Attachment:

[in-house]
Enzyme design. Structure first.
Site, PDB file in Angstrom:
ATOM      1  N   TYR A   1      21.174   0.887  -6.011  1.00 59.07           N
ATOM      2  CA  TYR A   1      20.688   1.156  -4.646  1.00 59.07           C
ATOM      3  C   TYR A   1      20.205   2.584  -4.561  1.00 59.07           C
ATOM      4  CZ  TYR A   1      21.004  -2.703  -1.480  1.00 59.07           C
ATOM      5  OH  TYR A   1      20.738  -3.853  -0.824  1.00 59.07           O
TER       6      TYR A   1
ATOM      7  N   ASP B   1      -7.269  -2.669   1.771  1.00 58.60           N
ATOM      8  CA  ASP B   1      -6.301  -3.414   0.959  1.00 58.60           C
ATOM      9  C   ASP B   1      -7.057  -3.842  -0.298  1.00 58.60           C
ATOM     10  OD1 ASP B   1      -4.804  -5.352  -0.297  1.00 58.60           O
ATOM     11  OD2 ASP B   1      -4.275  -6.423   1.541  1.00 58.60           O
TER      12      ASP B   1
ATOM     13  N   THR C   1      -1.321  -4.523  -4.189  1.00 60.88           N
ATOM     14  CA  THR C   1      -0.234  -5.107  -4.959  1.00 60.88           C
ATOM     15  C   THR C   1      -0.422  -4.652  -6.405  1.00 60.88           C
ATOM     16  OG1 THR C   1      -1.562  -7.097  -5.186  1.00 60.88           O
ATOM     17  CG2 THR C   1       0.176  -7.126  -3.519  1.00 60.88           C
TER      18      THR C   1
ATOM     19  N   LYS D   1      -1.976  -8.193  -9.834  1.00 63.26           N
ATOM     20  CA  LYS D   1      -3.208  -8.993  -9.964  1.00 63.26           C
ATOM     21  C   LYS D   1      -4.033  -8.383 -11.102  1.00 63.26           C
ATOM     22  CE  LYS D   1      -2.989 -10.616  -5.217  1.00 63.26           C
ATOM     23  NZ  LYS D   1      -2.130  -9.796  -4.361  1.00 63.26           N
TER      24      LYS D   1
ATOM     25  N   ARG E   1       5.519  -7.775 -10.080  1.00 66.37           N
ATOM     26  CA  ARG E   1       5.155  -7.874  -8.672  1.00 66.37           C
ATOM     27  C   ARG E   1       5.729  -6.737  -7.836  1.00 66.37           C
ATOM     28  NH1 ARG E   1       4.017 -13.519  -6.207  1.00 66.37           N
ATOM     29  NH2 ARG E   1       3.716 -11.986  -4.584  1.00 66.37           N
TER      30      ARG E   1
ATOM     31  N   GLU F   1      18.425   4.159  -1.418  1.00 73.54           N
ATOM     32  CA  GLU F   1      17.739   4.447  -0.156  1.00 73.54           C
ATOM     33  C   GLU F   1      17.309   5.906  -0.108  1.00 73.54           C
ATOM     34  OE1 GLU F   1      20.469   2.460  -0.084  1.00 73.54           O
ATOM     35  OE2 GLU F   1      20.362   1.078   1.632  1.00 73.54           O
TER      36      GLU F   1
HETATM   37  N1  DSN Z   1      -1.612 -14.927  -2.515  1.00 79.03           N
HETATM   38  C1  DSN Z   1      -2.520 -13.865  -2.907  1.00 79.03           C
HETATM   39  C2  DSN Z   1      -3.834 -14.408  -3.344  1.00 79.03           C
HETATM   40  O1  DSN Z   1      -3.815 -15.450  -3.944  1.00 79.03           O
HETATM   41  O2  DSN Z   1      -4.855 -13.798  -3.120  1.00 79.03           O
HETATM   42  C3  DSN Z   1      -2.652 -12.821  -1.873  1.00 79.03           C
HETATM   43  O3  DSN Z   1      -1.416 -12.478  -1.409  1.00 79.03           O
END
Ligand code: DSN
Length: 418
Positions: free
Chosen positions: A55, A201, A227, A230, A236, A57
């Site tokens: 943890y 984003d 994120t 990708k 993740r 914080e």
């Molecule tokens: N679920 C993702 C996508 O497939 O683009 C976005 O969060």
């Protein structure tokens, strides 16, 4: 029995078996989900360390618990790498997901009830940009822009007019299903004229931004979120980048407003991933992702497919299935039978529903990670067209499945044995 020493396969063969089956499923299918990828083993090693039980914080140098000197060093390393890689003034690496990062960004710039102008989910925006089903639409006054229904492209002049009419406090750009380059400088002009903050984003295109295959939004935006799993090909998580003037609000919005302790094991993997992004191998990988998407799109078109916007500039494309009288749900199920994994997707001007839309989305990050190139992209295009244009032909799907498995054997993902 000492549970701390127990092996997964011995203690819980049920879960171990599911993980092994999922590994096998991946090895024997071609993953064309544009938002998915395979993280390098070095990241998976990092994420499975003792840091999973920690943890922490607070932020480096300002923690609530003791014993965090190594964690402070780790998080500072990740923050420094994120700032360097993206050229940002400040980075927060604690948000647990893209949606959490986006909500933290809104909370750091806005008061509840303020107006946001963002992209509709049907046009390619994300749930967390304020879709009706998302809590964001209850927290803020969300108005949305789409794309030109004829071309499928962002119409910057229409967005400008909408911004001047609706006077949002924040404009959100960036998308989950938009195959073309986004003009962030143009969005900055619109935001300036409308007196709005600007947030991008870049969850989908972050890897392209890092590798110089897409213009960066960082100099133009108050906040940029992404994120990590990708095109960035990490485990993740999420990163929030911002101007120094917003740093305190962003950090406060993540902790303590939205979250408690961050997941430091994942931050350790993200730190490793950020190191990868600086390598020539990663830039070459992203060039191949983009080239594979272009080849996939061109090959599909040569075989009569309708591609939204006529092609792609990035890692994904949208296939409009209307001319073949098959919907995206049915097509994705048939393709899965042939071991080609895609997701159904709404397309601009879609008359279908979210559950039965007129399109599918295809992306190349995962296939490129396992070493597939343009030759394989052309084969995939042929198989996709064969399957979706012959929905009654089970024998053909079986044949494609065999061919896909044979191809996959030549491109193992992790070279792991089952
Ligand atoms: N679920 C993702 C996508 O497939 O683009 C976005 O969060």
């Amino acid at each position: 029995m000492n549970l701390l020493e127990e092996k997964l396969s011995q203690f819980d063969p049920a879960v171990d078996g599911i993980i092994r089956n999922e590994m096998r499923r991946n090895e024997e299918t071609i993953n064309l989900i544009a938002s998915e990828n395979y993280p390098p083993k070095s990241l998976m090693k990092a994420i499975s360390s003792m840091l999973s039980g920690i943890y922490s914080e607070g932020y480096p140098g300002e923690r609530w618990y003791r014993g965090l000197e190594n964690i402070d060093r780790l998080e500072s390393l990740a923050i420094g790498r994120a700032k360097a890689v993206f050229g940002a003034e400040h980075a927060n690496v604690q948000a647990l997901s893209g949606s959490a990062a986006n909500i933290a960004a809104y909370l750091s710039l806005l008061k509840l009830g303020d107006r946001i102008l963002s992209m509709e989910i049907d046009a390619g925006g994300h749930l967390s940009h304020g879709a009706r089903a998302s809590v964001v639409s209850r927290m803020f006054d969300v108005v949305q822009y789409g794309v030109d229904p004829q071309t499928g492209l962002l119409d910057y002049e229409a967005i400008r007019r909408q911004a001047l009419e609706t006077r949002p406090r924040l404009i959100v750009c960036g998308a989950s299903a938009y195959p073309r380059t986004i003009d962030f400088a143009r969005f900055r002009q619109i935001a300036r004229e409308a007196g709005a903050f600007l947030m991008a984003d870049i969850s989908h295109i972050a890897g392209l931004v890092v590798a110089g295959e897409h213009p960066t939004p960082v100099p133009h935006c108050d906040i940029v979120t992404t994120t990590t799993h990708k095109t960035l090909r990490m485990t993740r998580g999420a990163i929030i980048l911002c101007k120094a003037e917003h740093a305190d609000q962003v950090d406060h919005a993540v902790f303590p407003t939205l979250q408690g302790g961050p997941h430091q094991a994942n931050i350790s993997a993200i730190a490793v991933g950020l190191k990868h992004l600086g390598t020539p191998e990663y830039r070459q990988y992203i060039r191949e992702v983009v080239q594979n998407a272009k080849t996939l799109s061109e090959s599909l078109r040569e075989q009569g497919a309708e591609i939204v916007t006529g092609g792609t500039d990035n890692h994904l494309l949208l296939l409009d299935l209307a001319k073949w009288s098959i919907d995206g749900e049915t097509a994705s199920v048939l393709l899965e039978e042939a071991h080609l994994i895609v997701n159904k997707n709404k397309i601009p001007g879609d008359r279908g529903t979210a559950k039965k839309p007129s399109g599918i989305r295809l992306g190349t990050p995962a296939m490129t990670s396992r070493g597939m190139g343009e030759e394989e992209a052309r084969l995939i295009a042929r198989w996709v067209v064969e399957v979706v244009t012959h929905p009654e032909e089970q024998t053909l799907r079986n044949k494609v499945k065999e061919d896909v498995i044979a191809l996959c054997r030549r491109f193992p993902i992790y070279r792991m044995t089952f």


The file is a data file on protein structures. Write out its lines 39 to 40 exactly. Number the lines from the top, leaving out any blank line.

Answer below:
TER      36      GLU F   1
HETATM   37  N1  DSN Z   1      -1.612 -14.927  -2.515  1.00 79.03           N